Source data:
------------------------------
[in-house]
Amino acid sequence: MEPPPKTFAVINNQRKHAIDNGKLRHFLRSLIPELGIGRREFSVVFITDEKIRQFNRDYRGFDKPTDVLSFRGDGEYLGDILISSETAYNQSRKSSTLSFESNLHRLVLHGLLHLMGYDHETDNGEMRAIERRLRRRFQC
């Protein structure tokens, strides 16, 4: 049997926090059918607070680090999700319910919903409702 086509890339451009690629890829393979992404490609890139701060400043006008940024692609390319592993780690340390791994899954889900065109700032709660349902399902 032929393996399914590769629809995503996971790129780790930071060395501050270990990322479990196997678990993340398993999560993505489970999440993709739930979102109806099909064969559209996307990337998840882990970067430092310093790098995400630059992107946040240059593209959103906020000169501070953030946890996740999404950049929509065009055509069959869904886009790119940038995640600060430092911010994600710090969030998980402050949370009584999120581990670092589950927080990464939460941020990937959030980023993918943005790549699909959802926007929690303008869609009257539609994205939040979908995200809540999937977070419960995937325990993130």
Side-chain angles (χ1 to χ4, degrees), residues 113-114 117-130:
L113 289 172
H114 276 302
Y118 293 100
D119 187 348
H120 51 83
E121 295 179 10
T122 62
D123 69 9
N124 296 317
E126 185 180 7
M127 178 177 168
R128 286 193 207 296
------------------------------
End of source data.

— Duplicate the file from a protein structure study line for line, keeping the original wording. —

[in-house]
Amino acid sequence: MEPPPKTFAVINNQRKHAIDNGKLRHFLRSLIPELGIGRREFSVVFITDEKIRQFNRDYRGFDKPTDVLSFRGDGEYLGDILISSETAYNQSRKSSTLSFESNLHRLVLHGLLHLMGYDHETDNGEMRAIERRLRRRFQC
């Protein structure tokens, strides 16, 4: 049997926090059918607070680090999700319910919903409702 086509890339451009690629890829393979992404490609890139701060400043006008940024692609390319592993780690340390791994899954889900065109700032709660349902399902 032929393996399914590769629809995503996971790129780790930071060395501050270990990322479990196997678990993340398993999560993505489970999440993709739930979102109806099909064969559209996307990337998840882990970067430092310093790098995400630059992107946040240059593209959103906020000169501070953030946890996740999404950049929509065009055509069959869904886009790119940038995640600060430092911010994600710090969030998980402050949370009584999120581990670092589950927080990464939460941020990937959030980023993918943005790549699909959802926007929690303008869609009257539609994205939040979908995200809540999937977070419960995937325990993130």
Side-chain angles (χ1 to χ4, degrees), residues 113-114 117-130:
L113 289 172
H114 276 302
Y118 293 100
D119 187 348
H120 51 83
E121 295 179 10
T122 62
D123 69 9
N124 296 317
E126 185 180 7
M127 178 177 168
R128 286 193 207 296